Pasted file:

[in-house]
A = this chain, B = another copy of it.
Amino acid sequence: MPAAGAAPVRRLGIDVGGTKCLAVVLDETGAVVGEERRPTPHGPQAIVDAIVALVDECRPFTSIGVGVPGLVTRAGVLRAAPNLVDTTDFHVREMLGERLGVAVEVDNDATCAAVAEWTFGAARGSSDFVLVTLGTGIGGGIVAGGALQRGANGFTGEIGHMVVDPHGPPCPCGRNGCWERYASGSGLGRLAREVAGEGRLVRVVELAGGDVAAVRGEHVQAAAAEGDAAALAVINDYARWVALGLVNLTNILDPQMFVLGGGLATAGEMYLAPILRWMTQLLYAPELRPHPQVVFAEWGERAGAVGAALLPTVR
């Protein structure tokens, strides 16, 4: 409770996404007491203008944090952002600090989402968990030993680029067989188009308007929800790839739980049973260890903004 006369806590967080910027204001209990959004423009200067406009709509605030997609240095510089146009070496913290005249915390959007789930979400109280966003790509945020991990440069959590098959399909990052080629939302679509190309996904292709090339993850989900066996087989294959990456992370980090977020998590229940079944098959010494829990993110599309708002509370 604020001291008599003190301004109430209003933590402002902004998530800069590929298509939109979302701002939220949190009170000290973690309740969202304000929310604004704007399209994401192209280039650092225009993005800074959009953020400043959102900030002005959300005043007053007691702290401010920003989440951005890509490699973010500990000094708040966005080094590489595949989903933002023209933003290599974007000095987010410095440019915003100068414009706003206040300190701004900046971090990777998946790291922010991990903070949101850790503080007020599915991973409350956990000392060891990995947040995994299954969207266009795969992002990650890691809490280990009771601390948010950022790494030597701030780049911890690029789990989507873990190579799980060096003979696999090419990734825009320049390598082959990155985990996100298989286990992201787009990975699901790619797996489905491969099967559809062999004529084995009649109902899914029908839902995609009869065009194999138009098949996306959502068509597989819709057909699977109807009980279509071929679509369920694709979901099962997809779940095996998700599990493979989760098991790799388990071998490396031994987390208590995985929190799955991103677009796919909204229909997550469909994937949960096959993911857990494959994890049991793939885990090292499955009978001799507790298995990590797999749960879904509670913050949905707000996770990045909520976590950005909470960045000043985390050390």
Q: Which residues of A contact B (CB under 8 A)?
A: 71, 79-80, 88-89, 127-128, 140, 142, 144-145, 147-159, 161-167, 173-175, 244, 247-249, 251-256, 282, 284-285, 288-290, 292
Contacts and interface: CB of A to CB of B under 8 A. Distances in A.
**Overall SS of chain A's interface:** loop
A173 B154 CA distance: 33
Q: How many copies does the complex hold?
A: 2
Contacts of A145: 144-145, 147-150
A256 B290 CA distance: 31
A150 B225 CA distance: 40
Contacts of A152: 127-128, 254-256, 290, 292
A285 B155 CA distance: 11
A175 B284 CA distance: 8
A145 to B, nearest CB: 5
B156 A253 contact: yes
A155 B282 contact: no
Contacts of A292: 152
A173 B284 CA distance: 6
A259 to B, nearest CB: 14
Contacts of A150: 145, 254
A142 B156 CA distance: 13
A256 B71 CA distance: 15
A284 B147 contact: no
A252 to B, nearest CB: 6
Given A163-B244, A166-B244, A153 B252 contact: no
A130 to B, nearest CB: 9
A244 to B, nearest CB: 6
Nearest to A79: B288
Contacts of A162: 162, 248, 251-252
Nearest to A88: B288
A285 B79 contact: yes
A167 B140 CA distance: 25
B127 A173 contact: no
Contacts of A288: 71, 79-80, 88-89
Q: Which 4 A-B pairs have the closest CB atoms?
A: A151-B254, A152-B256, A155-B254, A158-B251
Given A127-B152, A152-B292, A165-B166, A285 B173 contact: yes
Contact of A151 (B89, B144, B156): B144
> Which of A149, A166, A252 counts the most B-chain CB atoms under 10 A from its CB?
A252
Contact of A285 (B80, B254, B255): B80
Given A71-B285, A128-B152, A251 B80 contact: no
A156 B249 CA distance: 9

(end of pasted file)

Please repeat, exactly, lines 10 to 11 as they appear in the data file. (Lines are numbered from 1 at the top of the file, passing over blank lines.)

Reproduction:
Q: How many copies does the complex hold?
A: 2